Tips for Doing Your Personal Taxes

“People who complain about taxes can be divided into two classes: men and women.” —Author Unknown

The author of this quote may be unknown, but what we do know is it communicates an important message: you are not alone! Few people, if any, enjoy doing (or paying) taxes, but it is one of two certainties in life – death being the other. To make it as painless as possible, follow these tips so you get every penny you deserve.

Tax TimeDon’t Miss Easily Overlooked Deductions
There are no new deductions for 2014, but some existing ones can go unnoticed. So can “tax extenders” that Congress retroactively passed at the end of last year. Keep in mind that these aren’t applicable for 2015 unless Congress renews them.

Health Insurance Premiums. The self-employed can deduct health insurance premiums, such as medical, dental and long-term care, as long as they are paid by the individual, a spouse and dependents, according to the Internal Revenue Service.

Mortgage Points. You might be thinking, “of course I know about mortgage interest deduction.” What you may not realize is that points paid to lower your interest rate are deductible, as well.

Bonus Depreciation. Good news for small and mid-size New Jersey business owners: you can write off 50 percent of corporate assets purchased in 2014. You can also deduct up to $500,000 of qualifying assets, up a whopping $475,000 due to a Congressional tax extender.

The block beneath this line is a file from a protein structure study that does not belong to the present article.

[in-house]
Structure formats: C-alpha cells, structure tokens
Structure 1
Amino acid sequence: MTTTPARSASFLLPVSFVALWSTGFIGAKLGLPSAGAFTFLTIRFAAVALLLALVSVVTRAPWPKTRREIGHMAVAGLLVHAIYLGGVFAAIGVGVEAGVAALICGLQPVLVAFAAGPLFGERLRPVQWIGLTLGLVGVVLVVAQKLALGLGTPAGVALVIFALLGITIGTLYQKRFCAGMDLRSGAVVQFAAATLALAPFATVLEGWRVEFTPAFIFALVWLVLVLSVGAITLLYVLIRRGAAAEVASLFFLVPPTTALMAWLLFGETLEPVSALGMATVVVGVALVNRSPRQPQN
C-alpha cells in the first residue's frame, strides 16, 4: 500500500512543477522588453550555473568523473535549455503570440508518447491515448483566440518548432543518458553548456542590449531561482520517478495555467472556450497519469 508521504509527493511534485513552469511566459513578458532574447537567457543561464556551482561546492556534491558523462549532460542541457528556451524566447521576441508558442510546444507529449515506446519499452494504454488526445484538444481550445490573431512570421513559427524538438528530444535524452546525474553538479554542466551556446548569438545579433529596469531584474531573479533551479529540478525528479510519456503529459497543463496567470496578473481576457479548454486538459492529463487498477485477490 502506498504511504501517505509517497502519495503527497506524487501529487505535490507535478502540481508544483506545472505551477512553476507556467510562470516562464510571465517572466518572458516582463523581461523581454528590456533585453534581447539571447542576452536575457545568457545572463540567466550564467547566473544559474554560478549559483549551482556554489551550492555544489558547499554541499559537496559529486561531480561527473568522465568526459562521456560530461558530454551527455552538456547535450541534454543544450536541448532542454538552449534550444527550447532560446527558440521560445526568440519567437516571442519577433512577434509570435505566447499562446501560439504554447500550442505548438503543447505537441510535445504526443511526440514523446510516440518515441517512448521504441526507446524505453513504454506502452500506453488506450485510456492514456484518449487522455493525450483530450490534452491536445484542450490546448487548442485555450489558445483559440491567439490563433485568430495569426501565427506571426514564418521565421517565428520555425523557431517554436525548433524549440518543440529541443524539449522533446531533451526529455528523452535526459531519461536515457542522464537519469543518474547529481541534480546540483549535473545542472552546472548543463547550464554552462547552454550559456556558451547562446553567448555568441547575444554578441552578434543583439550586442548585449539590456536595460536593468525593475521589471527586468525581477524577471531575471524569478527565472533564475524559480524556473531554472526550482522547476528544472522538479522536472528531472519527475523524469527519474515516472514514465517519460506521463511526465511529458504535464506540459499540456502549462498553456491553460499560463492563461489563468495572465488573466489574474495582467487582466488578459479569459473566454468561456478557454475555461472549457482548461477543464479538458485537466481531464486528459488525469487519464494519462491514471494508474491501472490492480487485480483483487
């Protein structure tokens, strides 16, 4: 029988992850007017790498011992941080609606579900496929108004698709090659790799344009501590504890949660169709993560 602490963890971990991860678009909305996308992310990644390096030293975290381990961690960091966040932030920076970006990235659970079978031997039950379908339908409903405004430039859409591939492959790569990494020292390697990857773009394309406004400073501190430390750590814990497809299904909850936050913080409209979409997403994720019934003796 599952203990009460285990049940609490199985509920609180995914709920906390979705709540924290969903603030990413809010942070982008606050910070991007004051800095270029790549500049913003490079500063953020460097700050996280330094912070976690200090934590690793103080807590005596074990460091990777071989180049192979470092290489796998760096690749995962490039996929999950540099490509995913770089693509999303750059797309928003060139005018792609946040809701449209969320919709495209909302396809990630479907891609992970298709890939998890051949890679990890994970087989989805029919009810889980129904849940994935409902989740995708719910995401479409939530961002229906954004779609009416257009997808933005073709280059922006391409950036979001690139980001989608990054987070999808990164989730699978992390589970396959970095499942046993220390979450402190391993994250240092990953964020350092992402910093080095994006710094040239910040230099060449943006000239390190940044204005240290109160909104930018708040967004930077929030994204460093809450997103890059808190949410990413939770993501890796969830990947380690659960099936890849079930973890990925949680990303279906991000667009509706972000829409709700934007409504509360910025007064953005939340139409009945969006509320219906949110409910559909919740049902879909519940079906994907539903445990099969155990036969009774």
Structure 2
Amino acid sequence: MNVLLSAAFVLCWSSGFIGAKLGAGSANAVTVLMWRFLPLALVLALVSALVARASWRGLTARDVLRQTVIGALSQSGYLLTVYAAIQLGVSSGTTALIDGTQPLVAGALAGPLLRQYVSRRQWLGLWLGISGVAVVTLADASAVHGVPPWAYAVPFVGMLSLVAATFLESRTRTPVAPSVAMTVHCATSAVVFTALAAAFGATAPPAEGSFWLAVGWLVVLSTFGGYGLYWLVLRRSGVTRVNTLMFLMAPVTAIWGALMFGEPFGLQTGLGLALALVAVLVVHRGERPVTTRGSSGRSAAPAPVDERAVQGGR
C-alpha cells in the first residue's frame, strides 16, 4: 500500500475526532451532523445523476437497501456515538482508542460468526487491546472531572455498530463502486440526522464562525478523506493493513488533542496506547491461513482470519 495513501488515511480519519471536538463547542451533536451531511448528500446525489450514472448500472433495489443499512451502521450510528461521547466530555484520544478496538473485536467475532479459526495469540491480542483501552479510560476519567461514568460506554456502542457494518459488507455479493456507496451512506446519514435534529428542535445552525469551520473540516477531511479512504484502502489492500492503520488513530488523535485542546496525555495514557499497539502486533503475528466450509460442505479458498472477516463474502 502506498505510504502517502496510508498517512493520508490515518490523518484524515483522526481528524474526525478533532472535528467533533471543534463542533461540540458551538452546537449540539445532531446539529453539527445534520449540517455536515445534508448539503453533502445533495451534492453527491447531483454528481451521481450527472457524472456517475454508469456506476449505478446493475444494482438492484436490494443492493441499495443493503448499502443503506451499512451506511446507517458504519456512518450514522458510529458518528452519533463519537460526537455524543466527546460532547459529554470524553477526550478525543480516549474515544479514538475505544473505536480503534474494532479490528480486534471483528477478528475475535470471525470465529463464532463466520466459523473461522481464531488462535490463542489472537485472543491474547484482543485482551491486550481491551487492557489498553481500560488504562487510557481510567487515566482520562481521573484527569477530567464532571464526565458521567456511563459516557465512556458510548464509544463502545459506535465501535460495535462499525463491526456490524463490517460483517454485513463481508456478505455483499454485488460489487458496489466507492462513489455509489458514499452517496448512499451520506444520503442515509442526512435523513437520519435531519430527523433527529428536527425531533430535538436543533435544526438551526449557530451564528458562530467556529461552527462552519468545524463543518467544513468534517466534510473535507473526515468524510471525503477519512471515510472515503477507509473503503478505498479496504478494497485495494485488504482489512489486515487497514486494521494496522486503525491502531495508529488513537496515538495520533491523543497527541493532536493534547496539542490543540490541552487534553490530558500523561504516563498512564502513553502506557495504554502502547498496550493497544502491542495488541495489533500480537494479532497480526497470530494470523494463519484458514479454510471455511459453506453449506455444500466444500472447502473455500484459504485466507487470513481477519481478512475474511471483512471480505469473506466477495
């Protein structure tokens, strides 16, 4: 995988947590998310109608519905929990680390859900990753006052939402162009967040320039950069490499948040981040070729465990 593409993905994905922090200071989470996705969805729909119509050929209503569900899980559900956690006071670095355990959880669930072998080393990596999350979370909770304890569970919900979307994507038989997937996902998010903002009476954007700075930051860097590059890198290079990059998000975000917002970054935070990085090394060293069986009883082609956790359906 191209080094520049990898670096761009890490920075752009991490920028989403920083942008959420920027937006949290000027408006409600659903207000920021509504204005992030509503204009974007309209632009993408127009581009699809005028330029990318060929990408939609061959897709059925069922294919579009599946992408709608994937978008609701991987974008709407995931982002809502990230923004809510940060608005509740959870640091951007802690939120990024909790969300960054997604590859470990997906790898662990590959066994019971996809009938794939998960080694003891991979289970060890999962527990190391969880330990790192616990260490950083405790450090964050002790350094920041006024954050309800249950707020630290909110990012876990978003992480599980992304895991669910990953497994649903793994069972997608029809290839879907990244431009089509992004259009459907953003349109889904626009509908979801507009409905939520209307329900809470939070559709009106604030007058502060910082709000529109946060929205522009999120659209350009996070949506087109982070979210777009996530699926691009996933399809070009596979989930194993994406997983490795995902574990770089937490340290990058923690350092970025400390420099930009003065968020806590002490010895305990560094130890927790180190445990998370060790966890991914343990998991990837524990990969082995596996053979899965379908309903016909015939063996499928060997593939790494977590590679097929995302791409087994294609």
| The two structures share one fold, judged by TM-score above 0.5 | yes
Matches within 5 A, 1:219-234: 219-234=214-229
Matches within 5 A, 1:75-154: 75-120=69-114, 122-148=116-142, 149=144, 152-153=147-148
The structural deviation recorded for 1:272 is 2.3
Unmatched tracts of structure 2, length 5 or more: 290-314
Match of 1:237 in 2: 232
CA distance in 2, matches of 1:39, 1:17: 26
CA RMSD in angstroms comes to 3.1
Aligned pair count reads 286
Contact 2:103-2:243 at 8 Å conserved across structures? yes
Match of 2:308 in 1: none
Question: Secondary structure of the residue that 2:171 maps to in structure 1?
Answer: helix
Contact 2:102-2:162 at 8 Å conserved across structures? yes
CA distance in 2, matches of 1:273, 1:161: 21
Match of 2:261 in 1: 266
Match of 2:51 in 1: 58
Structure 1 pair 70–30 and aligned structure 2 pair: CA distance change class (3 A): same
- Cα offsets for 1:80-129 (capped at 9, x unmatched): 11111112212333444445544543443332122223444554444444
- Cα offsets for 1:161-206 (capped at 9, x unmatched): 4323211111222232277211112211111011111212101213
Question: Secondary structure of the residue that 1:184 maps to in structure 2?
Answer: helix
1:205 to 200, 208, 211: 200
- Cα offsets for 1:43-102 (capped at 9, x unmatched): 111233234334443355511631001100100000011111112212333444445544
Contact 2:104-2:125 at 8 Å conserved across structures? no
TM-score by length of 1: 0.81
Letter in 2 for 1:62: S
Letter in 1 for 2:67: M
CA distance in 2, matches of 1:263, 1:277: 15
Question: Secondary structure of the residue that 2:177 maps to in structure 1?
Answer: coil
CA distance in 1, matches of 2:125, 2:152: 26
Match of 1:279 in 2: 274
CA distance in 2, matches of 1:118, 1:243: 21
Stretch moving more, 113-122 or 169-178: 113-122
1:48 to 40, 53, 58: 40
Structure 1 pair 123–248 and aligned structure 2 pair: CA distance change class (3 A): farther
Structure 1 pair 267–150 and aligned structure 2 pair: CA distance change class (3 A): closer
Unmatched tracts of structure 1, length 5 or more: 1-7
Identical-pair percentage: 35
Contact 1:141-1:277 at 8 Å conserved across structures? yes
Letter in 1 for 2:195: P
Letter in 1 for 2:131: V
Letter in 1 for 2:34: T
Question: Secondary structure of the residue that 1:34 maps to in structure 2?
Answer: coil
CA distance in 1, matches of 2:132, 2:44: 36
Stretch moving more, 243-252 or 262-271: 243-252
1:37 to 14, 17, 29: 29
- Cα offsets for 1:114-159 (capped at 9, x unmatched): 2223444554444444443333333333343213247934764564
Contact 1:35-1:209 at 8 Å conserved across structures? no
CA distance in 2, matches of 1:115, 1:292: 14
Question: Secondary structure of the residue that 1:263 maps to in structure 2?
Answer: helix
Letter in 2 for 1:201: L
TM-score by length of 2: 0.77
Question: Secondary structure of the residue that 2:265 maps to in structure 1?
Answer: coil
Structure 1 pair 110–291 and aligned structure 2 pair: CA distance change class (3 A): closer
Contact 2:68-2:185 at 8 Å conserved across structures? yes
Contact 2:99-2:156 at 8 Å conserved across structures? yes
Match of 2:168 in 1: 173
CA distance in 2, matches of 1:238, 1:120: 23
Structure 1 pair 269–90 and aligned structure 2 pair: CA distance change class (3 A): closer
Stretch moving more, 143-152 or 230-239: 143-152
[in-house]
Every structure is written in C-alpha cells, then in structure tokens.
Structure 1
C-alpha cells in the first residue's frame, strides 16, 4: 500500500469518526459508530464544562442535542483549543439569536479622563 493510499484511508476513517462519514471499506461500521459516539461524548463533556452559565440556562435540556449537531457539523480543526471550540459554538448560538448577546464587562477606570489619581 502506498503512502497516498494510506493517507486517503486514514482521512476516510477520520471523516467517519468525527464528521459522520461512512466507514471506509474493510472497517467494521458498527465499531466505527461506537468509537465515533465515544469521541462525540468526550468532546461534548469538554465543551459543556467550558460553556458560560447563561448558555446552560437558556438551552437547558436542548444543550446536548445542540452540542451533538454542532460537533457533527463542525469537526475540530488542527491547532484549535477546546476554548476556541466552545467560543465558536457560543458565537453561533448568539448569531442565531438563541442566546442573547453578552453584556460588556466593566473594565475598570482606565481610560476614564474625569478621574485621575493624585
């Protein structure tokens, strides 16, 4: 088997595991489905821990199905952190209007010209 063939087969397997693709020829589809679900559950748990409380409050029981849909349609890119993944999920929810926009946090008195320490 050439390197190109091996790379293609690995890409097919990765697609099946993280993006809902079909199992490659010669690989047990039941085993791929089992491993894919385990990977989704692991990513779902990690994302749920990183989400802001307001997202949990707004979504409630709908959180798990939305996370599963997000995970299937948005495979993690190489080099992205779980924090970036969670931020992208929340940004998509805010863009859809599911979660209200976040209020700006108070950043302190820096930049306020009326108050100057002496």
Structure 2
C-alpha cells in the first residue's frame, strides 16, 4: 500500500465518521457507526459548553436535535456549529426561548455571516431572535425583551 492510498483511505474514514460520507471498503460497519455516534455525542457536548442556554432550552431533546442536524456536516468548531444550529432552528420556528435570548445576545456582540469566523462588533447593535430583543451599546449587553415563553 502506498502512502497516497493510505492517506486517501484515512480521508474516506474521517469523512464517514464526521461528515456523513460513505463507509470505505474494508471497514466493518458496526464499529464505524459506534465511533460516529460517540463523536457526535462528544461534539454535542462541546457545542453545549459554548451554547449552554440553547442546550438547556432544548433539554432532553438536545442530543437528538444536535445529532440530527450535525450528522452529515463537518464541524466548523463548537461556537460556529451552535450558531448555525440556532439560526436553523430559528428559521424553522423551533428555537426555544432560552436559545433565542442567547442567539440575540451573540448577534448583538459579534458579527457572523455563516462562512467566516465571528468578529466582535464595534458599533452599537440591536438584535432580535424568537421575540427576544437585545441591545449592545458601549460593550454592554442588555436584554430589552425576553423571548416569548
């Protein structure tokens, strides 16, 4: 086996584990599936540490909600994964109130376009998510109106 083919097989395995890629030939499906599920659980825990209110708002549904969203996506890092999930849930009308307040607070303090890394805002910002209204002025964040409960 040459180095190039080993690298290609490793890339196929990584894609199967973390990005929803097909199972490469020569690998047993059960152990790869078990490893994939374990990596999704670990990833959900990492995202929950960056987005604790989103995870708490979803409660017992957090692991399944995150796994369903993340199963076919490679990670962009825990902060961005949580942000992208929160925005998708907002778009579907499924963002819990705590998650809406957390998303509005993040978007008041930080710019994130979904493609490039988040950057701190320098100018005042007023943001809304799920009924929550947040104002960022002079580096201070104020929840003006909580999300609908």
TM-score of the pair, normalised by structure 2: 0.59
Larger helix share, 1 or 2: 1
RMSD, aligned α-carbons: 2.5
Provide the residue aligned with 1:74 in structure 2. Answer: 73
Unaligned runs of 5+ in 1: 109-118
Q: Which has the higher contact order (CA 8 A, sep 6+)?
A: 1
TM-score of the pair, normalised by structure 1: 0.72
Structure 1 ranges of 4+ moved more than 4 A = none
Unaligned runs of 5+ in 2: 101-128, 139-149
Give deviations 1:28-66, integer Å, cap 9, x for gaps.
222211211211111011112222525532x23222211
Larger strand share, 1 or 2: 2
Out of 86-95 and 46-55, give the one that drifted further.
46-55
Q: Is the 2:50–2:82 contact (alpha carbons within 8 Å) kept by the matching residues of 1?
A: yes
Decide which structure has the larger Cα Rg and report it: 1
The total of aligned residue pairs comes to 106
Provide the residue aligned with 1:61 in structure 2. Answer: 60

Ask your tax preparer if you qualify for these deductions. If so, you could benefit from substantial savings.

Avoid Common Pitfalls
According to the IRS and Turbo Tax, the most common tax-filing mistakes are avoidable: math errors, illegible social security numbers and unsigned/dated forms. This may be, in part, because many Americans wait until the last minute to prepare their returns and rush through important details. Try to avoid common errors by following this advice.

Embrace your inner abacus. According to Bankrate, the most common error on tax returns is bad math, followed closely by computation errors. If you’re self-preparing your taxes, double- and triple-check everything with a calculator or Excel spreadsheet. Math errors are even possible when using an automated, electronic tax filing program, so make sure everything you’ve entered is accurate before relying upon a computer system to calculate your tax information.

A family affair. If you are filing with other family members, everyone must agree on their respective filing status or confusion can ensue. For example, multiple people may claim the same dependents, or one partner may file “married, filing separate” while the other files “married, jointly” or “single.” Non-minor children may file their own taxes, while their parents are still claiming them as dependents. Sit with family members to determine a joint approach. If you have questions or disagreements, seek help from a professional tax preparer.

Devil in the details. Once the “hard part” is done, there are a few crucial components to make sure your taxes are properly signed, sealed and delivered.

• Sign and date all relevant forms. Not endorsing tax filings is ultimately the same thing as not submitting them at all.
• Don’t miss the deadline! Mailed tax forms must be postmarked (officially stamped from the Post Office) no later than April 15th. Electronically submitted tax forms must be submitted on or before 11:59 p.m. on April 15th.